Getting There (or here - depending on your point of view):
It's always interesting arriving at O'Hare and going off to look for the connection to Portland. There you are among crowds of people heading off to all sorts of exotic, perhaps even sophisticated destinations - New York, Los Angeles, San Francisco, London, Paris, Rome, Prague, Reykjavik,Vienna, Berlin, Beijing,Tokyo - perhaps even Lhasa via Delhi. Everyone tends to dress for their destination. Walking along the broad concourses of the alphabet terminals, maybe even getting to ride the underground people mover looking at the neon light show while listening to Brian Eno's 'Music For Airports', you can imagine being free to go anywhere. Where's the gate to the past you may wonder but I think it's not there to be found. Having stopped at a bathroom where the seat wrapping revolves to a fresh section the minute you finish peeing, buying some candy, rejecting the souvenir Cubs cap, buying a sandwich packaged to go, it's time to get serious about finding the gate that matches your ticket.
Without even checking your boarding pass you know you've arrived at the right place the minute you see all the backpacks with people slumping under the weight. For some reason backpacks, running shoes, baseball caps and birkenstocks are the fashion items of choice for those returning to Oregon. Sigh.. It's a nice city, perhaps even the most Canadian city in the US, but it's a little boring.
Lost Causes (or civic beautification):
We have this great driveway to our place up behind the university hospitals and heading back and forth from shopping trips and various adventures we've seen some strange things. Among the strangest has been observing the fruitless activity of a group calling themselves 'The Friends of Terwilliger' (a wide street that runs below the crest but still about 400 feet above downtown Portland). For some background, I should mention that Forest Park is (perhaps) the largest city park in the country and part of the reason for that is that it's mostly mountainous and largely inacccesible to developers.. although there are some huge houses built mostly on stilts overlooking the city. The 'Friends' have it in mind to remove the English ivy from the park so native plants can return. Now anyone familiar with this kind of ivy will understand that once it gains a little bit of land it will grow forever and wherever it wants. It even grows up trees, for crying out loud. So there you have these hosers spending their weekends pulling the shit up and stuffing it in sacks. We wonder if they're searching for the 'Boss Ivy', the singular plant that when defeated, all the rest will wither and die.. 'Yo, Fred! You'll never guess what I found behind that bush! Bring the magic sword!'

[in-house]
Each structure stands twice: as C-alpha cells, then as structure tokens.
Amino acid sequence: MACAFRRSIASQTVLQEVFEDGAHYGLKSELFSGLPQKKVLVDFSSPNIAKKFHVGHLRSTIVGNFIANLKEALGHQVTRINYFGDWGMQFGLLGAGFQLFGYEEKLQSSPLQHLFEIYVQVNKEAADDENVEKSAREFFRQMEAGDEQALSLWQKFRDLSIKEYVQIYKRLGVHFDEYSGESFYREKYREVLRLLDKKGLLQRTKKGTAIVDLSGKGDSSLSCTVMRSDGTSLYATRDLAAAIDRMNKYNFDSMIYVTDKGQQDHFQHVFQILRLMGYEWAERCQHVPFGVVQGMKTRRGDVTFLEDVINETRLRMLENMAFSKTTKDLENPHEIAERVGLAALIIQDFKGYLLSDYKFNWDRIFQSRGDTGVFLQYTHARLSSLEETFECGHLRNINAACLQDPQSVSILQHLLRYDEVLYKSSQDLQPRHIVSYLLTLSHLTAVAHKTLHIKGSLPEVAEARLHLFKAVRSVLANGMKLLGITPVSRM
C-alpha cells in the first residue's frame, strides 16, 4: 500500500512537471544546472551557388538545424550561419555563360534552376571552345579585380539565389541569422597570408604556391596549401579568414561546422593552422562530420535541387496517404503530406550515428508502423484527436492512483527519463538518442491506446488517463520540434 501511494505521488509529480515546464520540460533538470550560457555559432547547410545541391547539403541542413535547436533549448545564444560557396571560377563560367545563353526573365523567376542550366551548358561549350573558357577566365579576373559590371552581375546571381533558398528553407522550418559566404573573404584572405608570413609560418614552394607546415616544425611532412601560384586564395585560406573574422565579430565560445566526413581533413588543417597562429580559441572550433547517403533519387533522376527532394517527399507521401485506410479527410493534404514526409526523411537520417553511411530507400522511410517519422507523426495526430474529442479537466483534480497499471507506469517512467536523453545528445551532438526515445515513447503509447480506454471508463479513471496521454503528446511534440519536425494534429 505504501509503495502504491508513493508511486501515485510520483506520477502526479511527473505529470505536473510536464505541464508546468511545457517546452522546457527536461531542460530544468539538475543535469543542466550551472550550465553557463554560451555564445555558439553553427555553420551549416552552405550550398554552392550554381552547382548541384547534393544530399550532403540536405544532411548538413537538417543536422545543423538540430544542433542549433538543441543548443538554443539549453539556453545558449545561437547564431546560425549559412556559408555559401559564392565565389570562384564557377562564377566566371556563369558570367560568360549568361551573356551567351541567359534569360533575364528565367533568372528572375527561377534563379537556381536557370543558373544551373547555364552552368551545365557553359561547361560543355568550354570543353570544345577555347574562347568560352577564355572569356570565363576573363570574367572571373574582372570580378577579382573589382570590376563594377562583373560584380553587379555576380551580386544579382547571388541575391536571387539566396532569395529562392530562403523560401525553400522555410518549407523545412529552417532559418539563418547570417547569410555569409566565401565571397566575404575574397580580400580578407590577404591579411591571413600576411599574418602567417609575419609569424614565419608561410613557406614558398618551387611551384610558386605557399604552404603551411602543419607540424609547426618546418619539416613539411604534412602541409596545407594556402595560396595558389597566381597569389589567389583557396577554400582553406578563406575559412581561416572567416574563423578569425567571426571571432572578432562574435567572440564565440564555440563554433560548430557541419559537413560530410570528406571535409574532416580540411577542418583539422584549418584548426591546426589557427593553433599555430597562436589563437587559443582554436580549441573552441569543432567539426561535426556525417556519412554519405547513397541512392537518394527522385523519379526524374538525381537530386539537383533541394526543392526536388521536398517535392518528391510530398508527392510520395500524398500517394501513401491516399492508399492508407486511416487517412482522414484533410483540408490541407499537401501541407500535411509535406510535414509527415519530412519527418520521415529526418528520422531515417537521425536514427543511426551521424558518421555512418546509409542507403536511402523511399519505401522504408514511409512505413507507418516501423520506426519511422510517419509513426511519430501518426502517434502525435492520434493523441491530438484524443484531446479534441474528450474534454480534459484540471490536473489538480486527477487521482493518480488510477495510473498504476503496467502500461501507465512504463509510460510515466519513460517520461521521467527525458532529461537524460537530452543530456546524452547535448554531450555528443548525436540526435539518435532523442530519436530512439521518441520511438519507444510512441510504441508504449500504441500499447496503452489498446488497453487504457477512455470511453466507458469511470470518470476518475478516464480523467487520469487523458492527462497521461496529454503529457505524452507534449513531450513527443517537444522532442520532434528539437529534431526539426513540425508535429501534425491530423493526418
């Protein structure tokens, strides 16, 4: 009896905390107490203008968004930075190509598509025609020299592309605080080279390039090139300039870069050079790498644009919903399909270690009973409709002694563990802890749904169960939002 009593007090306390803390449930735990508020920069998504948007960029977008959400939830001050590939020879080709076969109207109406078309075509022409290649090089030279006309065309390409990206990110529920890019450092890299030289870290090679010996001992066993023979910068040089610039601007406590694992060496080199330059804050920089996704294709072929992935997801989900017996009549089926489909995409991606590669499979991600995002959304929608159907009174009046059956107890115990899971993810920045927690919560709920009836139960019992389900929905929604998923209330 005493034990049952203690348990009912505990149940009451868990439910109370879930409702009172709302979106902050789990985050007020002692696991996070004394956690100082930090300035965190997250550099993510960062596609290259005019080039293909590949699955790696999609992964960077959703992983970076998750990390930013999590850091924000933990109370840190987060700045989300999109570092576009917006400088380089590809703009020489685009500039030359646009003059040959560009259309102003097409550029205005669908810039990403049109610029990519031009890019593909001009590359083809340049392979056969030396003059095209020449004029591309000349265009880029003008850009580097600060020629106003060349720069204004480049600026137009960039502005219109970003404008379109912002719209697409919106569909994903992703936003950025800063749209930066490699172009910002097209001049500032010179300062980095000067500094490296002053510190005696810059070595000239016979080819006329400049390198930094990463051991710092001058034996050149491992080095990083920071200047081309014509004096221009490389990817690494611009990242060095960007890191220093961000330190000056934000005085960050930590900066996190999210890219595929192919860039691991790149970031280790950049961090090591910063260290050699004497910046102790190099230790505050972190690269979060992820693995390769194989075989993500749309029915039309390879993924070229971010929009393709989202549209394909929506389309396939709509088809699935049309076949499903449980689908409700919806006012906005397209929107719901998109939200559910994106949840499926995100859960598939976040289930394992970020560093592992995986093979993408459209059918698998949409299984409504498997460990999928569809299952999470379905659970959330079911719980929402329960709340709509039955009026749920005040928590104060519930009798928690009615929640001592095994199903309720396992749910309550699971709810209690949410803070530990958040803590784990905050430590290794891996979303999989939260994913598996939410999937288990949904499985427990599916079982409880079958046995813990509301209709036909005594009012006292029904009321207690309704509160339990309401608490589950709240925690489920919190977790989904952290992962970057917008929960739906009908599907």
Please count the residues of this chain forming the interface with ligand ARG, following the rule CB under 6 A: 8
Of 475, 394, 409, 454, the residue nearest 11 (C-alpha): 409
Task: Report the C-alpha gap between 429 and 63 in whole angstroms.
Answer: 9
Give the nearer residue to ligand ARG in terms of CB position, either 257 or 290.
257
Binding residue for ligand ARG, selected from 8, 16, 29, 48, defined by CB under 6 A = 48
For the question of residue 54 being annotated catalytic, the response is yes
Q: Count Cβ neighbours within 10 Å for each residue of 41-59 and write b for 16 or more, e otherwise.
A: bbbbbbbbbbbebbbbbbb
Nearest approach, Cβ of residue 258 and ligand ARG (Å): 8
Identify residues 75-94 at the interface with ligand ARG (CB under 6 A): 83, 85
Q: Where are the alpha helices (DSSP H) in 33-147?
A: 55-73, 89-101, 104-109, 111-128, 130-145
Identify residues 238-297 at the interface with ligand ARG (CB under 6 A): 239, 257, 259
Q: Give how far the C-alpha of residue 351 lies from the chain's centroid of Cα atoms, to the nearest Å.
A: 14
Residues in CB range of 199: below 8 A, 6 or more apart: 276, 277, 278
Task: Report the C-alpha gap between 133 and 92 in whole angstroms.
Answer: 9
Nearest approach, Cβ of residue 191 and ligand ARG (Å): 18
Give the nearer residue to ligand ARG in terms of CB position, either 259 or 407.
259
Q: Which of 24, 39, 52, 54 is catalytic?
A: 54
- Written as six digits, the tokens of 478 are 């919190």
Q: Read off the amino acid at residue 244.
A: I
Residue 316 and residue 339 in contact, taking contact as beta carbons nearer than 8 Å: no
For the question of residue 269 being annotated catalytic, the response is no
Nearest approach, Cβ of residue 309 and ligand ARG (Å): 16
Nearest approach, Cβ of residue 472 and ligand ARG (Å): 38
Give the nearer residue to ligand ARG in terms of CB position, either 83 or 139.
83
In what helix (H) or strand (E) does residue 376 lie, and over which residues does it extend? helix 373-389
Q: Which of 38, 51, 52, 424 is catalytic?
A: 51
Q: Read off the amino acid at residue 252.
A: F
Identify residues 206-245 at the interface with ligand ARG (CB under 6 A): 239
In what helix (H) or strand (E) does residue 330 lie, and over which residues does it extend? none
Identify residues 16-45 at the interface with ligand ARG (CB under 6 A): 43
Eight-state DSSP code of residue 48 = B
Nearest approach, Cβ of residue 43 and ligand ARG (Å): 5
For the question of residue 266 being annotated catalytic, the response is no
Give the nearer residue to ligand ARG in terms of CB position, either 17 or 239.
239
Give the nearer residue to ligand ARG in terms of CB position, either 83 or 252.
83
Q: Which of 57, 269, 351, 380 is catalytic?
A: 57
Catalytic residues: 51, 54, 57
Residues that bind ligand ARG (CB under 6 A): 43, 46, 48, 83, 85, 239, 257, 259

Do Gooders (or please go away):
A few years ago there was a story in the local news about a man who'd been living in Forest Park with his young daughter for the previous 5 years. He actually had a job and the child was in grade school (since he could afford a post office box in a good neighbourhood). He just couldn't afford a house or apartment so opted for a nice little isolated cave and regular trips for books and food. He had a little generator for lights and music and there was a fresh stream nearby.
All was well until somebody got curious and followed him home one day. Then the police came and the social workers took the little girl away to foster care and I've been wondering every now and then what happened to them since?
Great Views (and fascinating company):
One Saturday morning on our way grocery shopping we noticed that someone had set up a rose-bedecked bower in a part of the park that overlooks the city with Mt. Hood in the background. Not everyone can afford the cost of today's scenic countryclub weddings and the young couple had made a nice choice for the event as well as the pictures. But the ceremony wasn't yet and seated on a bench nearby was a gentleman who'd obviously spent the night tucked away out of sight.
I never have a camera close when I see the things that leave the most enduring images in my mind. There are things a camera simply can't capture because they grab everything and doing so, miss the essence. I have a title for this picture never taken and it's: If I build it, will she come?